will ultimately feed into the digital document pipeline and vice-versa. That
is why it is important to research the depth of integration these core paperless
applications have with the accounting and tax applications that you use in your

The scope of functionality in workflow software on the market today is all over
the board. Therefore, you can’t simply assume that since an application
is branded as workflow that it has a core set of functionality. I think it is
helpful to define two broad categories of workflow software, which will provide
you with a starting point in developing your workflow software strategy: document-based
and engagement-based.

Document-based workflow software is the most prevalent and the most basic.
A lot of the DMS vendors tout the inclusion of document routing features in
their software as workflow. The essential characteristic of this type of workflow
software is that it allows you to set up rules for how a single document should
be routed and who it should be routed to. The operative words there are single

These systems are designed to route one document at a time. There are many
benefits to this functionality, i.e., routing a vendor invoice to a designated
person for approval based on the invoice amount. From a practical perspective,
this doesn’t meet the fundamental workflow needs of an accounting firm.
The nature of the vast majority of documents and information that flow through
an accounting and tax practice is engagement centric.

Therefore, the primary value of workflow software in this environment is the
ability to provide the features and functions to serve as the online control
center and workpaper container for the engagement. The more robust workflow
systems accommodate this through features that include linking multiple files
in the DMS to a specific project, a comprehensive feature to record and track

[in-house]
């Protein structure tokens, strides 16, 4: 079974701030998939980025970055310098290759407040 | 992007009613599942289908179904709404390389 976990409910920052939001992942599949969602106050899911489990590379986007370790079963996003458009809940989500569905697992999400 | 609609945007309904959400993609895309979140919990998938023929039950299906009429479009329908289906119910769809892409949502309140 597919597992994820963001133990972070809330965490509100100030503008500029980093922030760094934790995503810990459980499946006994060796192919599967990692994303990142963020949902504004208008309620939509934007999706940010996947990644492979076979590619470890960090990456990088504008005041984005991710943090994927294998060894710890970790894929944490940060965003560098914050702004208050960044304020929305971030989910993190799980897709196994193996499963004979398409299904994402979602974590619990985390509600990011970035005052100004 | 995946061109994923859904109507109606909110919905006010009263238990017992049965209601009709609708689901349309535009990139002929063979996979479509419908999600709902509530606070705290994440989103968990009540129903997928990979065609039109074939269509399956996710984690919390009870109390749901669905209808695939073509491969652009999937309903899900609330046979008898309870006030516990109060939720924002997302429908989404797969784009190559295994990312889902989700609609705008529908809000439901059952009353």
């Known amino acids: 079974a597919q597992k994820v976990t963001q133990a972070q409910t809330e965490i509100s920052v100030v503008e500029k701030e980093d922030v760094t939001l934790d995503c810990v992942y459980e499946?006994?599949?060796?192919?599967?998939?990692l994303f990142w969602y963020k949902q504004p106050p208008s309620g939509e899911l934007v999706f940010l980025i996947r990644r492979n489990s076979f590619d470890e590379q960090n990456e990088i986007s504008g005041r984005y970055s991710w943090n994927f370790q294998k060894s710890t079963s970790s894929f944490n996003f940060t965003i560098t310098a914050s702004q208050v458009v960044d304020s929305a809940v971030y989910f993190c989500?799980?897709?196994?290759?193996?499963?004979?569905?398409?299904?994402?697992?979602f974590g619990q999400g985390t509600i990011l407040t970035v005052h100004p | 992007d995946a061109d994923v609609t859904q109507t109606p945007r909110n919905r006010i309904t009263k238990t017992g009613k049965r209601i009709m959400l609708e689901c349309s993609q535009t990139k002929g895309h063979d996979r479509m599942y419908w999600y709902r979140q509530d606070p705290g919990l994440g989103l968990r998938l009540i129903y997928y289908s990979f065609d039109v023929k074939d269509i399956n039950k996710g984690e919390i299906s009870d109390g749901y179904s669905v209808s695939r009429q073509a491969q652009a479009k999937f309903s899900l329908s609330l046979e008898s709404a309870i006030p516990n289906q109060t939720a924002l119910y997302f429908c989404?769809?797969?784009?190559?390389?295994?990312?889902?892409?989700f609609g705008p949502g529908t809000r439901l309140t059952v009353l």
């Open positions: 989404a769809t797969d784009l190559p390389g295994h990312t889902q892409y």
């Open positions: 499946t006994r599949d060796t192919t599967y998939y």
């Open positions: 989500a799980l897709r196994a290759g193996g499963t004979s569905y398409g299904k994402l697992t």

engagement review notes, automated e-mail notifications, security controls over
access to the engagement folder and the ability to establish a routing roadmap
for the engagement process that allows you to pre-define the sequence of individuals
or workgroups the engagement will be routed to.

In addition to the workflow features discussed in the preceding paragraph,
there are many other workflow features and functions that will help to facilitate
your transformation to truly paperless workflows. The short list of these features
includes staff scheduling, electronic checklists, deliverable and due date tracking,
and user-defined fields to track information tailored to the needs of your firm.

It’s a bit of a challenge to accurately describe the nature of an emerging
software technology like workflow. Therefore, I recommend that you find some
time to participate in a few vendor demos of alternative workflow systems. If
you visit their websites, you’ll find that they typically offer free webinar
demos available for the public to preview the products, or they will happily
schedule a private demo for you. You might also be interested in watching our
archived webcast from June 4 of last year, available on our archived events
page at

We will be covering this topic again in our two-hour free CPE event on August
31, 2010. The vendors included in the comprehensive list here range in functions
and purpose, but several are considered accounting firm centric. Several are
even offered in the web-hosted, software as a service (SaaS) model, which I
believe is an essential platform for this application to enable a true anytime,
anywhere workflow model.

As we have discussed, workflow software is an important piece in the foundation
of a paperless practice model. It is more important now than ever before that
you develop your overall paperless strategy. By taking the time to prioritize
your objectives and the initiatives and applications that will be required to
achieve them, you can avoid making costly mistakes with ineffective solutions
that don’t co-exist effectively. Having a roadmap will significantly increase
your probability of success.